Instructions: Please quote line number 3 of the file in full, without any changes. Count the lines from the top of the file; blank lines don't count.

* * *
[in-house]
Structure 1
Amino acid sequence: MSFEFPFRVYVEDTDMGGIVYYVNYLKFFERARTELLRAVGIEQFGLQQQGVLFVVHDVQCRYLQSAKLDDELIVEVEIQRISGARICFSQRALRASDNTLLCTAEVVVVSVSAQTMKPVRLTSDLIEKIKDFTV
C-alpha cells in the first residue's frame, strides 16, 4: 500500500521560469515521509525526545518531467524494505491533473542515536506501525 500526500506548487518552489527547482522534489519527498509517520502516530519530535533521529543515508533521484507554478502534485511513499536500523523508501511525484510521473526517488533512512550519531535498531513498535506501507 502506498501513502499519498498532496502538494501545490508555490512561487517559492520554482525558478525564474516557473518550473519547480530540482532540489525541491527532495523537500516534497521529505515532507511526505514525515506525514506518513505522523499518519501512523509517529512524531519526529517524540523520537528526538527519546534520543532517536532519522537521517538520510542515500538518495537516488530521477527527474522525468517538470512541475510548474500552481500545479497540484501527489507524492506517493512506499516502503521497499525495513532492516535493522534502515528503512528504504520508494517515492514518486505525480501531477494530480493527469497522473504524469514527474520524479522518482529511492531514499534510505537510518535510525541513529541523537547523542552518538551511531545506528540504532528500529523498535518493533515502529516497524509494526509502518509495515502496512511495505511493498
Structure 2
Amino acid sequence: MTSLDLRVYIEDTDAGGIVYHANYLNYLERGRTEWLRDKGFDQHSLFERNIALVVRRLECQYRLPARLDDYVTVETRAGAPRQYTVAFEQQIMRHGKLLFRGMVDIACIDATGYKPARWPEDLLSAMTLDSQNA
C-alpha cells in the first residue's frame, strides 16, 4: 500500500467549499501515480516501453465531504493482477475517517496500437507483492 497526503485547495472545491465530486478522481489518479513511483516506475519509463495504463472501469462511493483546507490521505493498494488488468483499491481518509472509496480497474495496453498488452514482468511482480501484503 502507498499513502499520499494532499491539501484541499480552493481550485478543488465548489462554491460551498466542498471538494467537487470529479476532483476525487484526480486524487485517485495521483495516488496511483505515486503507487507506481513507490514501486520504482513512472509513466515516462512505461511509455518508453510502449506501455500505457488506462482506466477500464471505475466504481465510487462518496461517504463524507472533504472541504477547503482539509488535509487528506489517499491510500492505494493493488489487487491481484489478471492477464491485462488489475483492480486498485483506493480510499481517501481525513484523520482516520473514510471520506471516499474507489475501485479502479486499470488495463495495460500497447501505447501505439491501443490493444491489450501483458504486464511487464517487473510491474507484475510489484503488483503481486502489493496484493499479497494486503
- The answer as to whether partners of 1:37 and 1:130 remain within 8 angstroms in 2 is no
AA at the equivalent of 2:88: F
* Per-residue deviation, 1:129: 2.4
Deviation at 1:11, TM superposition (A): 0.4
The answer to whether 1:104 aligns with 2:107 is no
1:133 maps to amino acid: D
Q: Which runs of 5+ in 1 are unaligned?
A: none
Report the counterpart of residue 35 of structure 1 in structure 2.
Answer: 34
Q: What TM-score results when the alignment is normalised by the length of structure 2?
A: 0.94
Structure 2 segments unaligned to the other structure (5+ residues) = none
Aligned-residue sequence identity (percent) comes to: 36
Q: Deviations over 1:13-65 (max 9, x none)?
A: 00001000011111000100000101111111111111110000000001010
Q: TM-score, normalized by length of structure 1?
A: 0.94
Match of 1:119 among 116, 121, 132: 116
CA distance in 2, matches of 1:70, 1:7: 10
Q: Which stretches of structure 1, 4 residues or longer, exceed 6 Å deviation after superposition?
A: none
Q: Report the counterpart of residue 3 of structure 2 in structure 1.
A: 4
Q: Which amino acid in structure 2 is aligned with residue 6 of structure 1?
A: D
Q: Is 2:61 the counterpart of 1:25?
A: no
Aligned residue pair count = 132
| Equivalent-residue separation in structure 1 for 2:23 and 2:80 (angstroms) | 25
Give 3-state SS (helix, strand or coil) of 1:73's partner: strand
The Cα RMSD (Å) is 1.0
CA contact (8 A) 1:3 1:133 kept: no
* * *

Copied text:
Amino acid sequence: MSFEFPFRVYVEDTDMGGIVYYVNYLKFFERARTELLRAVGIEQFGLQQQGVLFVVHDVQCRYLQSAKLDDELIVEVEIQRISGARICFSQRALRASDNTLLCTAEVVVVSVSAQTMKPVRLTSDLIEKIKDFTV